In general, the guardian has complete control over the financial, medical and personal decisions of the ward. This includes where the ward will live, how the ward's money is spent, and making routine medical decisions for the ward. A ward has no more authority to make these decisions for themselves.
The guardian also has the responsibility to account for all of the ward's income and expenses. In the beginning of the guardianship, the guardian files an inventory with the Court of all the wards assets, and after that the guardian files an annual accounting with the Court showing how much money came in, where it came from and where it went. At the end of the guardianship, the guardian must file a final accounting with the Court.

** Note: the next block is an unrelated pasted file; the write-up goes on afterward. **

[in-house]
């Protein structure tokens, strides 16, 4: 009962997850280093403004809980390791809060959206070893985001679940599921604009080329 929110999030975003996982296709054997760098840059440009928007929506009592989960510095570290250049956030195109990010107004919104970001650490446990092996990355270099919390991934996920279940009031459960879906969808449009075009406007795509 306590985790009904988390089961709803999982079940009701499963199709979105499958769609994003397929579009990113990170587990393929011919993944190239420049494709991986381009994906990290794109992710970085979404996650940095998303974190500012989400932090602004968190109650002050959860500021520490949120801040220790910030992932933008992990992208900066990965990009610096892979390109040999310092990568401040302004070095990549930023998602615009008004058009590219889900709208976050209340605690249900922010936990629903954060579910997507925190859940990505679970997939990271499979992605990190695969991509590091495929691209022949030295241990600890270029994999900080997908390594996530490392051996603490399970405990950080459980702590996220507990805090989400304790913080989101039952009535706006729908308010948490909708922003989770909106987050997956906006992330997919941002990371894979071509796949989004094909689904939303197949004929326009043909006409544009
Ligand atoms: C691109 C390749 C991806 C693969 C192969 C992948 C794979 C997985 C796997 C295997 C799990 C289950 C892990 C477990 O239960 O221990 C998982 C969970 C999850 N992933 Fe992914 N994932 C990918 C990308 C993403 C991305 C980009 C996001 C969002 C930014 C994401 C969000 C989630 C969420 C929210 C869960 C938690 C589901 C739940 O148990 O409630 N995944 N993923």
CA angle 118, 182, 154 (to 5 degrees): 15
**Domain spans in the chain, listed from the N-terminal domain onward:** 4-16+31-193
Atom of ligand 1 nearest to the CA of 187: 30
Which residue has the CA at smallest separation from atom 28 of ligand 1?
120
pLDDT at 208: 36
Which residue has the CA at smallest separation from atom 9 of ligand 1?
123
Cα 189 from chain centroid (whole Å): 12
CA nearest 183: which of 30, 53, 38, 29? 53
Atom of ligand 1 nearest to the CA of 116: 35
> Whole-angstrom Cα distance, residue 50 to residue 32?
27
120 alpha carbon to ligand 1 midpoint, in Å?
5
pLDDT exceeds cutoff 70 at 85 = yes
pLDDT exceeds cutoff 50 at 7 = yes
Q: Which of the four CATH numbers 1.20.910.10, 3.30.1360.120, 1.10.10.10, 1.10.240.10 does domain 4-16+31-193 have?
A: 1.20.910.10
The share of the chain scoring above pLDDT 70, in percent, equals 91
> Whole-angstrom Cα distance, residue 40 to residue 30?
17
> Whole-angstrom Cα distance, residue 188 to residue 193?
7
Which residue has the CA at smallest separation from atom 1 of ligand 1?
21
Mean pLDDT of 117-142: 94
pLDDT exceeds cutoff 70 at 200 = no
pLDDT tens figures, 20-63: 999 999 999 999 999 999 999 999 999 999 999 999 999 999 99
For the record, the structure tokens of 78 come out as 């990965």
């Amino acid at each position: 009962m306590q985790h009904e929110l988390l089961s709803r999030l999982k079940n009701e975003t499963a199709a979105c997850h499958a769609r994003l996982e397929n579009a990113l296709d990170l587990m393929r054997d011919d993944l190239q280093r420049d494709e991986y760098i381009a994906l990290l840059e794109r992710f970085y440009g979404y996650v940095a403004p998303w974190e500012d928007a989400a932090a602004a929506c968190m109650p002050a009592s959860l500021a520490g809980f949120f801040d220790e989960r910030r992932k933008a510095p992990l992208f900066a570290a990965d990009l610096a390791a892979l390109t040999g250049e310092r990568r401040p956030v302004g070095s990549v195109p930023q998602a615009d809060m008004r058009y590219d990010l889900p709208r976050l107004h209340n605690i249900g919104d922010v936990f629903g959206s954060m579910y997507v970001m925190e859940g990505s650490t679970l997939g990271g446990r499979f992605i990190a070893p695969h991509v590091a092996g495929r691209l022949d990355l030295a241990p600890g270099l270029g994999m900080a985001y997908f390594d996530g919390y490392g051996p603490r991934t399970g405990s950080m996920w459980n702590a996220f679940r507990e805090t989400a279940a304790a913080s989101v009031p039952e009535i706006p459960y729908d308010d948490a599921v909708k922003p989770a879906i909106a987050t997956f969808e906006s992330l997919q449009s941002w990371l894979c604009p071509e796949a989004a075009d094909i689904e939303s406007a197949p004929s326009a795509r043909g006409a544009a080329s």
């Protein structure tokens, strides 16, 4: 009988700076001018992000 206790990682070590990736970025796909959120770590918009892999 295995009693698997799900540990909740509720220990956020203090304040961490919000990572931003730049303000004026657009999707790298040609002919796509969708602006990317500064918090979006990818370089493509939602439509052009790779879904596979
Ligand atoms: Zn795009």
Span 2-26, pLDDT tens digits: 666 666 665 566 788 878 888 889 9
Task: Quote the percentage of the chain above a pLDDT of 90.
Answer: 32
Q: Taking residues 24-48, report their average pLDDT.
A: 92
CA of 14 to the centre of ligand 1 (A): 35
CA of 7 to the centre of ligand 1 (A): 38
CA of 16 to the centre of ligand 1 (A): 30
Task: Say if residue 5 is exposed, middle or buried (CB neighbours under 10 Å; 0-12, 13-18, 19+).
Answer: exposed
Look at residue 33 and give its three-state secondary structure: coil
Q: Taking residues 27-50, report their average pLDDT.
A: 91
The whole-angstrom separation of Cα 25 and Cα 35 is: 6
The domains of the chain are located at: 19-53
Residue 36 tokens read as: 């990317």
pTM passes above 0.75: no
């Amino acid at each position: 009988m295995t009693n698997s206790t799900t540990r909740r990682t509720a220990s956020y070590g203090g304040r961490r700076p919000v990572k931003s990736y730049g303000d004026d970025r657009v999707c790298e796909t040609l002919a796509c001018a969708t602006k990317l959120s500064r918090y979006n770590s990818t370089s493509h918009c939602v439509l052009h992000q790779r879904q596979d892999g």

Being a guardian is a big responsibility, and not one to be taken lightly. If there is time to plan before a crisis, you can save so much time and money, and prevent a lot of family conflict, by having some straight forward documents executed that spell out your wishes. If you think your aging parent needs a guardianship, your lawyer can work with you to accomplish that. What plan do you have in place in the event of your own incapacity?